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  • Kritik: The Burden of Paradise

    starring Steve Martin, Diane Keaton, and Martin Short; directed by Charles Shyer

    is George Banks, anxious suburban father and amiable narrator. That he should be anxious is interesting--his life, he keeps insisting, is "perfect." He has (as he very accurately describes it) the "perfect,

    ), is the perfectly delicious Kimberly Williams. His wised-up twelve-year-old son is played by Kieran Culkin, of the clan that has all but locked the patent on perfect movie kids. What is this man's problem?

    Perfection. Paradise (by all human definition) is a burden that can only be shouldered with hypochondria and an obsession with lost youth--it's not a place habitable by sane people. This, at least, is the subversive theme of this little comedy. George is so upset that his grown-up "baby" daughter is pregnant that he dyes his white hair black to feel young again and ends up impregnating his own wife as well. The two pregnancies provoke a double helix of comic outrage in the now grandfather- and father-to-be. He had, in a midlife fit, unloaded their perfect house to an Arab (Eugene Levy) who wishes to tear it down. Now he is forced to buy it back, at a huge loss that he will be years paying off. What's more, he lets Franck (Martin Short)--a pseudo-gay, pseudo-foreign decorator who has dropped by from the first

    And yet all this travail--which climaxes in a double delivery, with George sliding (trademark Steve Martin) from one side of the hospital corridor to the other--is the cure for his anxiety. Director Charles Shyer, who co-wrote the adaptation with his wife, Nancy Meyers, is clearly intending a Capra-esque affirmation of the healthy effects of daily struggle; the problem with earthly "paradise" is that it is too static, that it does not renew. Cheerful surrender to duty, sacrifice, struggle in the name of love and loved ones--that is the true hope and purpose of life.

    This theme is badly served in two places. First, there is the stereotype of the greedy Arab; I hate to sound like the political-correctness police here, but Levy's caricature acting (owing to the character as written) is flat-out soulless, and it deeply uglifies the movie. Second, there is a similarly bigoted joke about drive-by gangbangers; this is less offensive--urban reality being what it is--but coming on the heels of a minstrel-show Arab, it tilts the movie away from its nobler touches and reveals the filmmakers to be even more fear-ridden than the hero they're poking fun at.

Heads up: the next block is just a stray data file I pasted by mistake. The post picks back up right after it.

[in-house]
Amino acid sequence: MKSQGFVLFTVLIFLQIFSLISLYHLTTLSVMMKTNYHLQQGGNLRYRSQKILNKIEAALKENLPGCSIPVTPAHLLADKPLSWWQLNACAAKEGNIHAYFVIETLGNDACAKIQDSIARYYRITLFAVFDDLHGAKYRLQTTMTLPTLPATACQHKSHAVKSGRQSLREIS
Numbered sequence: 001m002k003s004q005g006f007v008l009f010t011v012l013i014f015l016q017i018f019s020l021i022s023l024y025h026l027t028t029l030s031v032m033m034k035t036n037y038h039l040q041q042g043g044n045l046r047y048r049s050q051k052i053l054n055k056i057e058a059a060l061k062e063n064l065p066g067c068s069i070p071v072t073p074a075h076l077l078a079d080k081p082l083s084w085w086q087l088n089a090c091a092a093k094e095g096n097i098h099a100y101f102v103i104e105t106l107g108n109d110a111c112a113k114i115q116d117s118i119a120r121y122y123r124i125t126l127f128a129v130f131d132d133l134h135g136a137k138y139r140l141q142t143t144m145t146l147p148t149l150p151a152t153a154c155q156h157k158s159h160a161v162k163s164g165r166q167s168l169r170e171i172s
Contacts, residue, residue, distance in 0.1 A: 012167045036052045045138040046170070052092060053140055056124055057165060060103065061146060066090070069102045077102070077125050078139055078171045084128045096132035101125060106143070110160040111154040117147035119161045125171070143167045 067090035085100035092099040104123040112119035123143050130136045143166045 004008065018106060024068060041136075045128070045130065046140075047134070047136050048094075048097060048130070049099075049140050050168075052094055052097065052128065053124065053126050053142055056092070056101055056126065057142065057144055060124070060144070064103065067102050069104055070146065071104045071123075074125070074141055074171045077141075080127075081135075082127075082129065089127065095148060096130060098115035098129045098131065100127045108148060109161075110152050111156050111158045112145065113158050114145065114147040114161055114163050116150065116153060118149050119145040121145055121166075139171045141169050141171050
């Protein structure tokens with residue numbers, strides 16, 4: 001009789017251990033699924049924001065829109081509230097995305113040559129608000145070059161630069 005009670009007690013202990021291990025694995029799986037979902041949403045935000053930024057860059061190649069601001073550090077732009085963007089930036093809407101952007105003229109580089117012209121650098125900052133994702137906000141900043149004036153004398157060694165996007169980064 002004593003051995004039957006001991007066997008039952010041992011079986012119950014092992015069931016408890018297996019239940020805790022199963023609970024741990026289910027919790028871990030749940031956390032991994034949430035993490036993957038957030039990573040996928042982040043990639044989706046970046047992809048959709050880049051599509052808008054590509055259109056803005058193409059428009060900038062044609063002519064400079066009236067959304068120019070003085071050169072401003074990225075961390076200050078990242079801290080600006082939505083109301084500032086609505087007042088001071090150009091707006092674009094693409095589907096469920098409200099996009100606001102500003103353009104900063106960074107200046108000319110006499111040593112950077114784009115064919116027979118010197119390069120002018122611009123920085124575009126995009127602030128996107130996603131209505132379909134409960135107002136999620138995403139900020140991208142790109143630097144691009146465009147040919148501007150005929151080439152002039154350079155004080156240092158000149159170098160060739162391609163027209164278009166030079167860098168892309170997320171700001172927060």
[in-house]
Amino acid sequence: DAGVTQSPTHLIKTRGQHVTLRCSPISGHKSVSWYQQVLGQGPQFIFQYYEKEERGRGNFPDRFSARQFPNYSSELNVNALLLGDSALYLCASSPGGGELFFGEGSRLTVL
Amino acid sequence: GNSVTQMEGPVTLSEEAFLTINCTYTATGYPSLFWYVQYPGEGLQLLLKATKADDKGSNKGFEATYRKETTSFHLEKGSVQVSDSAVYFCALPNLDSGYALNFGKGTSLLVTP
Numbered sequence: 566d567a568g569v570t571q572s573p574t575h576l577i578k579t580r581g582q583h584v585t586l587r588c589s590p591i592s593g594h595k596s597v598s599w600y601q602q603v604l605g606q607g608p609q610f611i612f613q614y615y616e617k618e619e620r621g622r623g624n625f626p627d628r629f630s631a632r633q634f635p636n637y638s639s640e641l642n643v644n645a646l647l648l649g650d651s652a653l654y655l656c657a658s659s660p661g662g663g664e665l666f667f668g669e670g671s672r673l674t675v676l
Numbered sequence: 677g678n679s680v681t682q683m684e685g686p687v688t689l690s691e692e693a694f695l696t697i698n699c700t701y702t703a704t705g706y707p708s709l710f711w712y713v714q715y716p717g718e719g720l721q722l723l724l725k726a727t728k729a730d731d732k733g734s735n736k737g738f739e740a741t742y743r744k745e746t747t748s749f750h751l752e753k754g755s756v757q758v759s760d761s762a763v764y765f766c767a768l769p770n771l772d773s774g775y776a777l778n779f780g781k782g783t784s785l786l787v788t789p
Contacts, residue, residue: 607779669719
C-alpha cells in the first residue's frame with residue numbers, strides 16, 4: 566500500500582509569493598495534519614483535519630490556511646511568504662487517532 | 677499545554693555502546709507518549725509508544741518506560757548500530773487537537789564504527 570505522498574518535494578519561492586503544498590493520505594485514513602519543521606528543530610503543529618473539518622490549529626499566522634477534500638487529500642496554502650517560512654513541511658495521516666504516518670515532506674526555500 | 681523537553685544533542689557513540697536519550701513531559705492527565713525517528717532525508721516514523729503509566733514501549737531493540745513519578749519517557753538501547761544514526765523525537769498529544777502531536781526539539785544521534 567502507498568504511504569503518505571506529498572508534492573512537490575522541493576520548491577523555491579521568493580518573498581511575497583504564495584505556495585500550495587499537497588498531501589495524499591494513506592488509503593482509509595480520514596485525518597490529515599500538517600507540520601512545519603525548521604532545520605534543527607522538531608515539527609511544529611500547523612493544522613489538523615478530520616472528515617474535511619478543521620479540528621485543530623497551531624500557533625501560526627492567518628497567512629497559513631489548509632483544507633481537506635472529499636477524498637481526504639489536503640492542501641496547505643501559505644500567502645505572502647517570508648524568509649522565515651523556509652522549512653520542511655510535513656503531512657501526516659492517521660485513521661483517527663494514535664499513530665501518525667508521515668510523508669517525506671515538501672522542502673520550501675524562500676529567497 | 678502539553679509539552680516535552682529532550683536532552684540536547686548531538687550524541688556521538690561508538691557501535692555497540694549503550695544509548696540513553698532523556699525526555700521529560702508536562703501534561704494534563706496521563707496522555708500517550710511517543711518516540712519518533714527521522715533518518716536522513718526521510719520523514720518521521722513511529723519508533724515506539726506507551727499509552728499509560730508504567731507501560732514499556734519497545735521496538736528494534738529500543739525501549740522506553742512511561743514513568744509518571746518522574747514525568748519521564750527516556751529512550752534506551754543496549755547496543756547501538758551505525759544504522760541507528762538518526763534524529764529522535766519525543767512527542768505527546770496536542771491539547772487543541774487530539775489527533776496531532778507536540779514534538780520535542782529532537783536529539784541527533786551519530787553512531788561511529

Martin Short--whose role could have been just as distressing--becomes, by grace of his physical power and his sheer unpredictability, not a stereotype of "foreignness," but instead George's comedic, nightmare shadow. As well he should: Steve Martin embodies everything that is best about this film--its optimism, its hopefulness. He has become such a soulful player that he can provoke tears now as easily as he has always done laughter. In a comedy built on "maturity," that's a particularly exciting growth spurt to behold. --

    Perfection. Paradise (by all human definition) is a burden that can only be shouldered with hypochondria and an obsession with lost youth--it's not a place habitable by sane people. This, at least, is the subversive theme of this little comedy. George is so upset that his grown-up "baby" daughter is pregnant that he dyes his white hair black to feel young again and ends up impregnating his own wife as well. The two pregnancies provoke a double helix of comic outrage in the now grandfather- and father-to-be. He had, in a midlife fit, unloaded their perfect house to an Arab (Eugene Levy) who wishes to tear it down. Now he is forced to buy it back, at a huge loss that he will be years paying off. What's more, he lets Franck (Martin Short)--a pseudo-gay, pseudo-foreign decorator who has dropped by from the first Father of the Bride

    " house. His wife, Nina, is played by the most perfect of modern screen comediennes, . His daughter, Annie (married off in the previous ), is the perfectly delicious Kimberly Williams. His wised-up twelve-year-old son is played by Kieran Culkin, of the clan that has all but locked the patent on perfect movie kids. What is this man's problem?

    Ihre Fragen, Hinweise oder Kritik

    Onliner vom Dienst

    Fabian Strunk

    Tel.: 0261 / 892 324

    Kontakt per E-Mail

     

     

    Fragen zum Abo: 0261 / 98 36 2000

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